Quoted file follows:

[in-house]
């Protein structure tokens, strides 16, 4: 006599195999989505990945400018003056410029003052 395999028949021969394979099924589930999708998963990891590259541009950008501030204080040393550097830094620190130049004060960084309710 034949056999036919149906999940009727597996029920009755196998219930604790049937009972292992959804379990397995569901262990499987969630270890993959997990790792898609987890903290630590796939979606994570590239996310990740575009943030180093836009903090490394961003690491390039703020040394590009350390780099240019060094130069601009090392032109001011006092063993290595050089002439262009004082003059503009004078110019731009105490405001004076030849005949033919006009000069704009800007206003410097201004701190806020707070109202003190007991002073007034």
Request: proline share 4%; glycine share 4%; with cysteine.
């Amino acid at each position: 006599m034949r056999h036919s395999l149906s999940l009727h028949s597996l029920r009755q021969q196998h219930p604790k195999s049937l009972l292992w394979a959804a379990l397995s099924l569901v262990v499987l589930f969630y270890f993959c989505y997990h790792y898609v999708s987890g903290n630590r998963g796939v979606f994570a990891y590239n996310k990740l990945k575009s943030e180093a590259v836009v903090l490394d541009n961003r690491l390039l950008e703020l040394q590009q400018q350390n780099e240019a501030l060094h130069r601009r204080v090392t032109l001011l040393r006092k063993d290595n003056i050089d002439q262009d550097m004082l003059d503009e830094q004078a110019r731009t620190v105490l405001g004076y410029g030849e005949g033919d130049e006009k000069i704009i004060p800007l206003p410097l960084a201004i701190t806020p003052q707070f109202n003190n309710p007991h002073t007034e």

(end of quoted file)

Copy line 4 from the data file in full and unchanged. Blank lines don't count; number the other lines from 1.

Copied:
């Amino acid at each position: 006599m034949r056999h036919s395999l149906s999940l009727h028949s597996l029920r009755q021969q196998h219930p604790k195999s049937l009972l292992w394979a959804a379990l397995s099924l569901v262990v499987l589930f969630y270890f993959c989505y997990h790792y898609v999708s987890g903290n630590r998963g796939v979606f994570a990891y590239n996310k990740l990945k575009s943030e180093a590259v836009v903090l490394d541009n961003r690491l390039l950008e703020l040394q590009q400018q350390n780099e240019a501030l060094h130069r601009r204080v090392t032109l001011l040393r006092k063993d290595n003056i050089d002439q262009d550097m004082l003059d503009e830094q004078a110019r731009t620190v105490l405001g004076y410029g030849e005949g033919d130049e006009k000069i704009i004060p800007l206003p410097l960084a201004i701190t806020p003052q707070f109202n003190n309710p007991h002073t007034e």